Cookies

Because cookies bake for a shorter amount of time than bread or cakes, and are relatively low in water and high in fat content, they're much less susceptible to the vagaries of high-altitude baking. The principle adjustments recommended for cookies baked at higher altitudes (generally considered to be above 3,000 feet) are to increase the water slightly, to help the dough come together, and to decrease the amount of chemical leavens (baking powder, baking soda) used. Experienced high-altitude bakers know to bake at slightly higher temperature, with a shortened baking time. The table below gives guidelines about what adjustments to make for baking cookies at high-altitude:

What to change How to change it Why
Oven temperature Increase 15 to 25°F; use the lower increase when making chocolate or delicate cakes. Since leavening and evaporation proceed more quickly, the idea is to use a higher temperature to “set” the structure of baked goods before they overexpand and dry out.
Baking time Decrease by 5-8 minutes per 30 minutes of baking time. Baking at higher temperatures means products are done sooner.
Sugar Decrease by 1 tablespoon per cup Increased evaporation also increases concentration of sugar, which can weaken the structure of what you're baking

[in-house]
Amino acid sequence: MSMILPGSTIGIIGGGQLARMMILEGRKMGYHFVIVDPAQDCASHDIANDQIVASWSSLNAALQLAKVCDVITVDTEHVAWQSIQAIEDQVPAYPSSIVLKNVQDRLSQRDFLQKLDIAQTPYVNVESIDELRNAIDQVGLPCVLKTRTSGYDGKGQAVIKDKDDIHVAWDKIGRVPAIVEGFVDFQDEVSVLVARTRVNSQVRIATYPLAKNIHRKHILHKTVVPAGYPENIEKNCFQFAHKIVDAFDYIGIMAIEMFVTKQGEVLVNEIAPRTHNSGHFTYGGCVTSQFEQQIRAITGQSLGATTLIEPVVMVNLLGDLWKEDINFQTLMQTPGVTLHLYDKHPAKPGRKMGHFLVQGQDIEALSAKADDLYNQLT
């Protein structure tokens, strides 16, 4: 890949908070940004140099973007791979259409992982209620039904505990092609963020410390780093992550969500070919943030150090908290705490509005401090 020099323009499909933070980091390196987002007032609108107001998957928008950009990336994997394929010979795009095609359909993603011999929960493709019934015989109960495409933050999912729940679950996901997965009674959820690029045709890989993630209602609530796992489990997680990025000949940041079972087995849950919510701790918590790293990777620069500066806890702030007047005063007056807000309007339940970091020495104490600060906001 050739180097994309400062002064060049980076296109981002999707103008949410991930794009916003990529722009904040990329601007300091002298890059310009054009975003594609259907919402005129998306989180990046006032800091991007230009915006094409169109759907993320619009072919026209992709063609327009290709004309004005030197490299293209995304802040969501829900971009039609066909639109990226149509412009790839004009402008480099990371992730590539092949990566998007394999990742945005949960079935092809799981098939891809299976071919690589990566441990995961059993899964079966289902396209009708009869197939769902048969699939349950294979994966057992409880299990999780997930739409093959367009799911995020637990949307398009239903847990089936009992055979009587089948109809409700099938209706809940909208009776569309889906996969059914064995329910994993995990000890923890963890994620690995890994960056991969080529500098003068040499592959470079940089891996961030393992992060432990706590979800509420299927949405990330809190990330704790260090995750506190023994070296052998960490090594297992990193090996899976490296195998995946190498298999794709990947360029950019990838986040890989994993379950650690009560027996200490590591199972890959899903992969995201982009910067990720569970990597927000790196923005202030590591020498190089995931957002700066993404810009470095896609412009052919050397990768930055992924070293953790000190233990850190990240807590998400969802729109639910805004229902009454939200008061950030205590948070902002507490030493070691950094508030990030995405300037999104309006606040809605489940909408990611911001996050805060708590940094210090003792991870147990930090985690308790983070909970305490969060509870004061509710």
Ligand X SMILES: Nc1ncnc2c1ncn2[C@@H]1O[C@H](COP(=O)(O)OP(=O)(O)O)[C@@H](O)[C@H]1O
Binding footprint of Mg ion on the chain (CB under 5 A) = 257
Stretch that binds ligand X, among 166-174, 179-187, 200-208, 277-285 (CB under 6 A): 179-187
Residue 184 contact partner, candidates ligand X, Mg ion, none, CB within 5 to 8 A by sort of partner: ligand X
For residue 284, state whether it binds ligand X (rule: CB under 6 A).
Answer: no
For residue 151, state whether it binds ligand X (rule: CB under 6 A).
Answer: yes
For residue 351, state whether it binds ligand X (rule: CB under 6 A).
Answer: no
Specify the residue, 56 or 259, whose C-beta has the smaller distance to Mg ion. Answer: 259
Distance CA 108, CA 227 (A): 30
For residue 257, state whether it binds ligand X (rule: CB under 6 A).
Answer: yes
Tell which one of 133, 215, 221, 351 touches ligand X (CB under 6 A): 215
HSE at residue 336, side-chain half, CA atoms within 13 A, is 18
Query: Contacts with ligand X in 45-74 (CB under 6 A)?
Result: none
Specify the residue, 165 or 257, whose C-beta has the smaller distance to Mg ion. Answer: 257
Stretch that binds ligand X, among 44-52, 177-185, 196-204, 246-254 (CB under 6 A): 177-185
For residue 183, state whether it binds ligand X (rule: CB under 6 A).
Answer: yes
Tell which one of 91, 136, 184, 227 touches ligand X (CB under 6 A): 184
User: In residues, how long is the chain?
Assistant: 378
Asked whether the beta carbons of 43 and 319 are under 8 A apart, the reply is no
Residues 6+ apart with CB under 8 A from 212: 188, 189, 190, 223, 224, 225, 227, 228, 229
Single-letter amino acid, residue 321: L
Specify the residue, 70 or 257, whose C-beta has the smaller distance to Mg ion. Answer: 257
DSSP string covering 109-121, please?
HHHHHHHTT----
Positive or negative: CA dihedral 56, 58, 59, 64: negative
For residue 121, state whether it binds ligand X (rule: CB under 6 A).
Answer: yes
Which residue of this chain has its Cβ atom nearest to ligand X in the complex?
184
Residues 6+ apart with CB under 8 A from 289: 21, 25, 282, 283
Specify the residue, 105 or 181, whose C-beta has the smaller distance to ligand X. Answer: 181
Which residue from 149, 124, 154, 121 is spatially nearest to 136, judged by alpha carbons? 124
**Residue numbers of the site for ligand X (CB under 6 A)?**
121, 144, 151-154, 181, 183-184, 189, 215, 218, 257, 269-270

Liquid Increase by 1 to 2 tablespoons at 3,000 feet. Increase by 1 1/2 teaspoons for each additional 1,000 feet. You can also use extra eggs as part of this liquid, depending on the recipe. Extra liquid keeps products from drying out at higher temperatures and evaporation rates.
Flour At 3,500 feet, add 1 more tablespoon per recipe. For each additional 1,500 feet, add one more tablespoon. In some recipes, a flour with a higher protein content may yield better results. Additional flour helps to strengthen the structure of baked goods.

Cakes, breads, and more...

Cakes
Use extra eggs to increase liquids; if only part of an egg is needed, use the whites.
Crackers and Pie Crusts
Won't be dramatically affected; will usually need extra water to help the dough to form.
Fried Doughs
Lower the frying temperature by 3 degrees per 1,000 feet, and increase cooking times.
Quick Breads
Use the guidelines above to make adjustments.
Yeast Breads

Decrease the amount of yeast in the recipe by 25%, and make water/flour adjustments as necessary to get a dough with the correct texture. Make sure your bowl has plenty of room for the dough to rise in. Since rising times are much shorter at higher altitudes, you have a number of options to help its flavor.

Give the dough one extra rise by punching it down twice before forming it.

Try covering the dough and placing it in the refrigerator for its first rise, to slow the action of the yeast give the dough more time to develop.

If you have sourdough starter on hand, use some of it for some of the liquid in the recipe. Make a sponge by mixing the yeast, the liquid in the recipe, and 1 to 2 cups of flour. Cover and let the sponge work for a few hours in the refrigerator to develop it.